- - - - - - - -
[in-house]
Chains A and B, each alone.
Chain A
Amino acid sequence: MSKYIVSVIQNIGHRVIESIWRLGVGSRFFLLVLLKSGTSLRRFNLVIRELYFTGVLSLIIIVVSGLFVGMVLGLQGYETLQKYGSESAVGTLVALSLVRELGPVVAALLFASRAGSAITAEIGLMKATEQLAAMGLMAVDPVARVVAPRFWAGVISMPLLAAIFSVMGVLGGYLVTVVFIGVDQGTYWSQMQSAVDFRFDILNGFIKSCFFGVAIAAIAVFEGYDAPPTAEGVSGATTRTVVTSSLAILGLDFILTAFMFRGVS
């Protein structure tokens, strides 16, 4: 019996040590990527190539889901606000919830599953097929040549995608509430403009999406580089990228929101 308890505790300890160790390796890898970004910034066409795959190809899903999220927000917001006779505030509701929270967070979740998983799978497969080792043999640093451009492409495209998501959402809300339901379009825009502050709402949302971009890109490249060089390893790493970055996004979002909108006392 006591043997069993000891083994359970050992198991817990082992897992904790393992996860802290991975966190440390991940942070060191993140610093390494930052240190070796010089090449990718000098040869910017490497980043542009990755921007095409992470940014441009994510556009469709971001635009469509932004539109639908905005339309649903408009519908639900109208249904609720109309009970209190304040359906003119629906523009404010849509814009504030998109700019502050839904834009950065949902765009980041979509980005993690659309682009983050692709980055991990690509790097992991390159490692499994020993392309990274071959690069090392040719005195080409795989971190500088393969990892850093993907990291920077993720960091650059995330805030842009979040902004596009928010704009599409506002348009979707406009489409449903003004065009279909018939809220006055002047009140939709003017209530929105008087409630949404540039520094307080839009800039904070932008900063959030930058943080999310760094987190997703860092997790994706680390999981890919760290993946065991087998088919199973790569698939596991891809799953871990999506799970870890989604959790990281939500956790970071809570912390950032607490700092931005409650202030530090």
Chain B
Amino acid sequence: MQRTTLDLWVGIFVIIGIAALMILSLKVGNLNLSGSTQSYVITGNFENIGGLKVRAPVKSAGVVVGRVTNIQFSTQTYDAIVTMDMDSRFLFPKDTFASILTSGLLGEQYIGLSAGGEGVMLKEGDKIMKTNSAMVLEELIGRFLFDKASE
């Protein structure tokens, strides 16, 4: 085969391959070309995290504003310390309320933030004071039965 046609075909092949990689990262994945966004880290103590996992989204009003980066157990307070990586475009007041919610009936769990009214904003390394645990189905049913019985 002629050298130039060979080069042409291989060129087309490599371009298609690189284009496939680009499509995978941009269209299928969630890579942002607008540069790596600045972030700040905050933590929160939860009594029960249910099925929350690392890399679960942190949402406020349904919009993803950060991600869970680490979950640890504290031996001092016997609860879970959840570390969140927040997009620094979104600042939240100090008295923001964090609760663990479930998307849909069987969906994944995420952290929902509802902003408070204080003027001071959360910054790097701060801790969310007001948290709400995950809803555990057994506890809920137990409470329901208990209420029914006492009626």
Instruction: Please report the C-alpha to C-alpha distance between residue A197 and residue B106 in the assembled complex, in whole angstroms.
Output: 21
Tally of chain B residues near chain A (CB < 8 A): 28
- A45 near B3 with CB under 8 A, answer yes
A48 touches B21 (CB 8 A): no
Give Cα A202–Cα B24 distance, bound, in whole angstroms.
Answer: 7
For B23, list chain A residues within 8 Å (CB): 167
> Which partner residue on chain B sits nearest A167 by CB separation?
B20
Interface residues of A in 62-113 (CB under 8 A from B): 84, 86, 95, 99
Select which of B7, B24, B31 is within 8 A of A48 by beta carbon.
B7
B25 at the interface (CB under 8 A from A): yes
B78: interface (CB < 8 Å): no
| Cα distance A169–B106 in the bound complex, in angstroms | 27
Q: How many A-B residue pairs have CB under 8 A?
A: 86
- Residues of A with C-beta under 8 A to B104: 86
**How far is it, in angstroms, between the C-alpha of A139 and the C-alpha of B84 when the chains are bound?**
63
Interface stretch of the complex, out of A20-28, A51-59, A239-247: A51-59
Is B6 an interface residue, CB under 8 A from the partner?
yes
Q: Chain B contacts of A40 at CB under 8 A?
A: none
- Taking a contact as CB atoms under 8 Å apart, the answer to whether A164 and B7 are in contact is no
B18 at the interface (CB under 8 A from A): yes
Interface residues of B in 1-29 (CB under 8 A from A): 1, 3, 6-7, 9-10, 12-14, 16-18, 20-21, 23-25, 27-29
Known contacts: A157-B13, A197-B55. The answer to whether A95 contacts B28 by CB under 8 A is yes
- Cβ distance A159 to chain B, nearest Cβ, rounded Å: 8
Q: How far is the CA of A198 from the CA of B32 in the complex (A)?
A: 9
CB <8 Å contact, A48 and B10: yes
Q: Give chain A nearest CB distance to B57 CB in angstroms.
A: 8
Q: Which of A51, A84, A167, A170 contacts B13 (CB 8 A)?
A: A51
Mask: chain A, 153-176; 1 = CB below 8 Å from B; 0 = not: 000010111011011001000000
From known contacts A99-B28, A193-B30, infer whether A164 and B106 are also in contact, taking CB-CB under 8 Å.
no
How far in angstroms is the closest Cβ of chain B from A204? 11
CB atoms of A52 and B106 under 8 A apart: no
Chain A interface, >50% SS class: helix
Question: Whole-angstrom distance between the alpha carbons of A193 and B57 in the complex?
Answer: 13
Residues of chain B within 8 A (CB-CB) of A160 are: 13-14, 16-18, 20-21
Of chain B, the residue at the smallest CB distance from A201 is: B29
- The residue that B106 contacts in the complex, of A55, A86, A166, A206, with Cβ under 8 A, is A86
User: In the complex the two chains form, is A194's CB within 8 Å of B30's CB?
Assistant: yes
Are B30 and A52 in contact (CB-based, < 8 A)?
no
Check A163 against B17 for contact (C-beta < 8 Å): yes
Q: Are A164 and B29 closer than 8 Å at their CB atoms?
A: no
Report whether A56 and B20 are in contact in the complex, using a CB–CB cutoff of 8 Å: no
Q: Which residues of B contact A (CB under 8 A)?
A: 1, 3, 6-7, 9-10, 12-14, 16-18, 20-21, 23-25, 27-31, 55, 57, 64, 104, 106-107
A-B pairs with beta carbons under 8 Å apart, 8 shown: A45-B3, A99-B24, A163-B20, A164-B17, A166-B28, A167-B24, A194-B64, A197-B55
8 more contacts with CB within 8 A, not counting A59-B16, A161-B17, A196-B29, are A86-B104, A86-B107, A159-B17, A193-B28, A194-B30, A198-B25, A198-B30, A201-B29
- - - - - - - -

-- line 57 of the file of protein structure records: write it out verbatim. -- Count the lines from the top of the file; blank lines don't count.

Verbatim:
- The residue that B106 contacts in the complex, of A55, A86, A166, A206, with Cβ under 8 A, is A86